Sunday, August 17, 2014

Images of America: San Francisco's Marina District, by Dr. William Lipsky

(pb; 2004: nonfiction)

From the back cover:

"When driving into San Francisco across the Golden Gate Bridge, the sweeping vistas and greenery gradually give way to the city's charming and inviting Marina District.  This area is. . . one of San Francisco's most picturesque and best-known neighborhoods and is famous for its aesthetic and historic appeal.  Adjacent to the Presidio, the Golden Gate, and Chrissy Fields, the Marina hosts a large number of Art Deco structures and the famed Palace of Fine Arts, a resplendent collection of buildings originally designed for the Panama Pacific International Exposition of 1915 [a.k.a. PPIE].  The exposition was held to celebrate the opening of the Panama Canal, but also to show the world that San Francisco had recovered from the 1906 earthquake.  The Marina rose from the site of the Pan Pacific to become one of the city's most desirable and recognizable districts, known for its architecture, culture and dramatic waterfront settings.

"Only a short time ago, much of the Marina was again damaged by the 1989 earthquake.  This. . . collection of 200 vintage photos and other visual memorabilia celebrates the district's history, beauty and resilience.  Compiled by city historian Dr. William Lipsky, these images show a neighborhood that is worthy of the recognition it has garnered through the years as a unique showcase of San Francisco."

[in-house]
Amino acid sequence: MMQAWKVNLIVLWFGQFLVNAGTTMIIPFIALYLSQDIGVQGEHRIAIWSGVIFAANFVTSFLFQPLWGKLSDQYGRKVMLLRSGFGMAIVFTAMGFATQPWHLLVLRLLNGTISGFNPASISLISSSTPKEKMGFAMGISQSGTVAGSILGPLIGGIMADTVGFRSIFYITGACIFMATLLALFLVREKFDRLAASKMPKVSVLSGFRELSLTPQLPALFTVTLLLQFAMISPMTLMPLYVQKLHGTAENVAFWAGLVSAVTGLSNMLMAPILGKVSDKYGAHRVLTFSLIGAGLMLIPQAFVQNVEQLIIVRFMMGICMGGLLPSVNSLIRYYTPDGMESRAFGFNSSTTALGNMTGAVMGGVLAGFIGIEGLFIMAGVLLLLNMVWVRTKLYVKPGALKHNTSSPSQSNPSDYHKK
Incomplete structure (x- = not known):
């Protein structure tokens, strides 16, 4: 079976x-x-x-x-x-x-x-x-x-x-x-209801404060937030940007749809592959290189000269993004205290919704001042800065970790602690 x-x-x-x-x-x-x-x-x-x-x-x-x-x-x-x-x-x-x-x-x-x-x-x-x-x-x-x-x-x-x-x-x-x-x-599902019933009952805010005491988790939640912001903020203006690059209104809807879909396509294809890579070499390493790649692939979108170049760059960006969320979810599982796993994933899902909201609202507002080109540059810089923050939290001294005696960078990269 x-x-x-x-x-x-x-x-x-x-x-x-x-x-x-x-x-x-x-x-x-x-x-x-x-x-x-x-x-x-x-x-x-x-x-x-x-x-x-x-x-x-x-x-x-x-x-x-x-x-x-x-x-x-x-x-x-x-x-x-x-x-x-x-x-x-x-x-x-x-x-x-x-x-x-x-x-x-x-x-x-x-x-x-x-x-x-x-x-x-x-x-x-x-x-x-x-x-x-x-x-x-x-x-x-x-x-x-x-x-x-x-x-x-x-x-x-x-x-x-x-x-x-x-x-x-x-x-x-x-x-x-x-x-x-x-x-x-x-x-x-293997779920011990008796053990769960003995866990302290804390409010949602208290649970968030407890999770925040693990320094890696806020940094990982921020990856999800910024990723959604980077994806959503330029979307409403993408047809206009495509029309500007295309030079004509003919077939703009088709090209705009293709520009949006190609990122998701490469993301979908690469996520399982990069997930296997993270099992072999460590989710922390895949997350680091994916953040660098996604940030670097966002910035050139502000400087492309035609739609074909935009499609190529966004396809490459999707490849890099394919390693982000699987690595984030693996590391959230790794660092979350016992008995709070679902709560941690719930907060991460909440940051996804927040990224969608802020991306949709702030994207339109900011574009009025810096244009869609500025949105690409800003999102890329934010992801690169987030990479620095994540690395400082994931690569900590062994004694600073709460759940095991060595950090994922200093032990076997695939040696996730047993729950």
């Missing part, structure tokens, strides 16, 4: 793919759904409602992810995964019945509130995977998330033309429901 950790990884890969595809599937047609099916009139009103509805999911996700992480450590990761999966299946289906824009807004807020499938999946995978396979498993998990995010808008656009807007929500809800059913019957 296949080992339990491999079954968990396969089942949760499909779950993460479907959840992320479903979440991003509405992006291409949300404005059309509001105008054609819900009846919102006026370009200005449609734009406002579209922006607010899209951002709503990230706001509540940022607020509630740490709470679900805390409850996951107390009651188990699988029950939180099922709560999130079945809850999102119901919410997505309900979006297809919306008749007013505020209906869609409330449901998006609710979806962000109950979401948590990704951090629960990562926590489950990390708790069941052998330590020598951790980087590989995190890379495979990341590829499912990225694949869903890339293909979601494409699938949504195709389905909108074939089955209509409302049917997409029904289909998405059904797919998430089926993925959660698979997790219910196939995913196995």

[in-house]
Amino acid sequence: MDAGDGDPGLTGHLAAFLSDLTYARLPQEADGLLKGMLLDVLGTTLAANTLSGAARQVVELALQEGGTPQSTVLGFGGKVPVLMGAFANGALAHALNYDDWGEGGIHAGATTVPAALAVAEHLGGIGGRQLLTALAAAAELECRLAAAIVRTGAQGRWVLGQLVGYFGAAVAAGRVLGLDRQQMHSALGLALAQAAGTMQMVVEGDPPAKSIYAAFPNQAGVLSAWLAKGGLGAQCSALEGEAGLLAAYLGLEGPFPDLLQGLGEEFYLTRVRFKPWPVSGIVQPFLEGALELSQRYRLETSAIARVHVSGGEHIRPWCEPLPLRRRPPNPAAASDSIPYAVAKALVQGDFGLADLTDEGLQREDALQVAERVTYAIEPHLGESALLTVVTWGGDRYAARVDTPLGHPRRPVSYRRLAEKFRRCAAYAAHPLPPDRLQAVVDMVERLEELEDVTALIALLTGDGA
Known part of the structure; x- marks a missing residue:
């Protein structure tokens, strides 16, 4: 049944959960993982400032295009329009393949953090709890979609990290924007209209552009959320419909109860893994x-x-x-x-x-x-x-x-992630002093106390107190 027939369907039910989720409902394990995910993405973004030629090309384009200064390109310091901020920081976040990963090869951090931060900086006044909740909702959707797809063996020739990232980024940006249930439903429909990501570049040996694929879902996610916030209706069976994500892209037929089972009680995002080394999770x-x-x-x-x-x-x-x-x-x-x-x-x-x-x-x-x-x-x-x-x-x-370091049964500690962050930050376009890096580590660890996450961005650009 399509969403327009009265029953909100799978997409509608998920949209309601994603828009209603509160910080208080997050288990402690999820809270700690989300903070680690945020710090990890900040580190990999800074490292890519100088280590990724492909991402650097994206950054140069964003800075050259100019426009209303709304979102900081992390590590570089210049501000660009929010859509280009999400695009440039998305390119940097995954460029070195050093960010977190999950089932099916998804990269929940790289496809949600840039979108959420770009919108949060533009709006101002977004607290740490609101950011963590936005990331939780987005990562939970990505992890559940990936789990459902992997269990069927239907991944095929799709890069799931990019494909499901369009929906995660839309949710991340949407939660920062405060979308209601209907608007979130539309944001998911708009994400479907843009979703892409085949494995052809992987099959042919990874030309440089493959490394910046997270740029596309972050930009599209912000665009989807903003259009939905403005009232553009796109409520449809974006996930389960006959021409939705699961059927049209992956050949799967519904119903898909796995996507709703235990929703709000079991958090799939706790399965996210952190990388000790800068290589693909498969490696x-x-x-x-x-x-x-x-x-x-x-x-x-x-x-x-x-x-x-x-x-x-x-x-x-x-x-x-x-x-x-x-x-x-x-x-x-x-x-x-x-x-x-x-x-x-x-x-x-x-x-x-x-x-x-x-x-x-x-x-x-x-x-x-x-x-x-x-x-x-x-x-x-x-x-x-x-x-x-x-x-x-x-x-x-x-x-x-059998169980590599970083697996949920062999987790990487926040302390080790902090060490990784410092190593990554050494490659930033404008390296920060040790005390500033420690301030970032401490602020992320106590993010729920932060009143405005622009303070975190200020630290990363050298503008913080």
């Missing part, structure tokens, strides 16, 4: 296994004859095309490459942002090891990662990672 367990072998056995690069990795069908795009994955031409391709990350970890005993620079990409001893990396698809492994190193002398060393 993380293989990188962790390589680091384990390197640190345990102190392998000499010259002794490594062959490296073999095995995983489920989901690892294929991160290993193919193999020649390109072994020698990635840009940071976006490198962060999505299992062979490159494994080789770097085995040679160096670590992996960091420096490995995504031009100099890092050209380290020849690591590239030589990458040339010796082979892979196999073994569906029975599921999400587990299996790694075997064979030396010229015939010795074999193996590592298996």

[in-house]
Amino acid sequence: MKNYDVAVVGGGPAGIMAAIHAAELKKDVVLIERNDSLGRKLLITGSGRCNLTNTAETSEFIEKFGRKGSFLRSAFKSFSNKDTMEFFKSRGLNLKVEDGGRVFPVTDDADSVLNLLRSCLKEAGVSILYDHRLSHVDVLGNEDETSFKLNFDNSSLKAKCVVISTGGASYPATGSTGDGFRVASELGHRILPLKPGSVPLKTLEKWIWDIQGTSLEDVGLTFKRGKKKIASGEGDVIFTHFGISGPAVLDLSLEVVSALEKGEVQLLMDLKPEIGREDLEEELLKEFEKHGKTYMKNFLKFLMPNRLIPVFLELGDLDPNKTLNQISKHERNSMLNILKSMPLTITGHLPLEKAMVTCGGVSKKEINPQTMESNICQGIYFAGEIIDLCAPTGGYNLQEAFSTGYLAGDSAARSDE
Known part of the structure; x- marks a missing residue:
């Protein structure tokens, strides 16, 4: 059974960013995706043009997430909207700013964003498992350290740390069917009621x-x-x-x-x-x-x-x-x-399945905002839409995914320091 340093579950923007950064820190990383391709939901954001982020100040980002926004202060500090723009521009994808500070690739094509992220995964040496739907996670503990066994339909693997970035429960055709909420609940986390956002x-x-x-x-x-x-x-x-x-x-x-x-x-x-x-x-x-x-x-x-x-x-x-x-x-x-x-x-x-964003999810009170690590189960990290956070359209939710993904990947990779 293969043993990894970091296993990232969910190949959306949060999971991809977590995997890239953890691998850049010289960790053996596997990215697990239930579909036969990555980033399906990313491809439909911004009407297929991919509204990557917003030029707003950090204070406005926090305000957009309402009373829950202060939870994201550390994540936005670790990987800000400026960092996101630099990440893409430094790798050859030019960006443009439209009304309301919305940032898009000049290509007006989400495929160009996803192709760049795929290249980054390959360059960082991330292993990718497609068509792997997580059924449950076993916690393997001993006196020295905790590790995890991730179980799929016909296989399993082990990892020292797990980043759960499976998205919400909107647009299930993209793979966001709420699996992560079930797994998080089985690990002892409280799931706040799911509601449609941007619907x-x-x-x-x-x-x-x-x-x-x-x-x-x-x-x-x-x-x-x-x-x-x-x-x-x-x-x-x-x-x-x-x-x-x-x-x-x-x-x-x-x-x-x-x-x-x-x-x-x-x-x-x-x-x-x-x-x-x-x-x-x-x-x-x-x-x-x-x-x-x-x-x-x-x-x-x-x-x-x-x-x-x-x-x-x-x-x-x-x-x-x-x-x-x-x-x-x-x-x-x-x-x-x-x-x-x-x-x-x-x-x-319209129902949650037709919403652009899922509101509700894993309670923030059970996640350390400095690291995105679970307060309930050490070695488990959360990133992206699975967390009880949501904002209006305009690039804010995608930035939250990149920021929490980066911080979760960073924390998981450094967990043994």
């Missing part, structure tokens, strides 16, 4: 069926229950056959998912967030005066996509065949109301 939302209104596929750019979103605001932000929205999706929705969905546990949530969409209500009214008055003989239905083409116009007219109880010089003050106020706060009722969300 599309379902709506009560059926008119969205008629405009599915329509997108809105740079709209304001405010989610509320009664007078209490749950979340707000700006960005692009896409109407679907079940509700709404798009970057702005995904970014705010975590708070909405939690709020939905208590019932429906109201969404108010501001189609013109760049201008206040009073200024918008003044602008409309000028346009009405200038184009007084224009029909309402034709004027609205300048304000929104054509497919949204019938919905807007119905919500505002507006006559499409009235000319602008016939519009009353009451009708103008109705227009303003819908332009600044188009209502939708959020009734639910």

When I checked Marina out from my local library, I was going to read it, not read and review it.  It was meant as a quick-break read from my usual itinerary of fiction and more serious-minded books.  However, Marina's historical facts, previously unseen images, to-the-point-not-tourist-guide-giddy writing and my love of this city made me want to share this with fellow readers and fellow Californians.  This is a worthwhile book to read - and own, if purchased used - if you especially appreciate San Francisco or like books of this genre.

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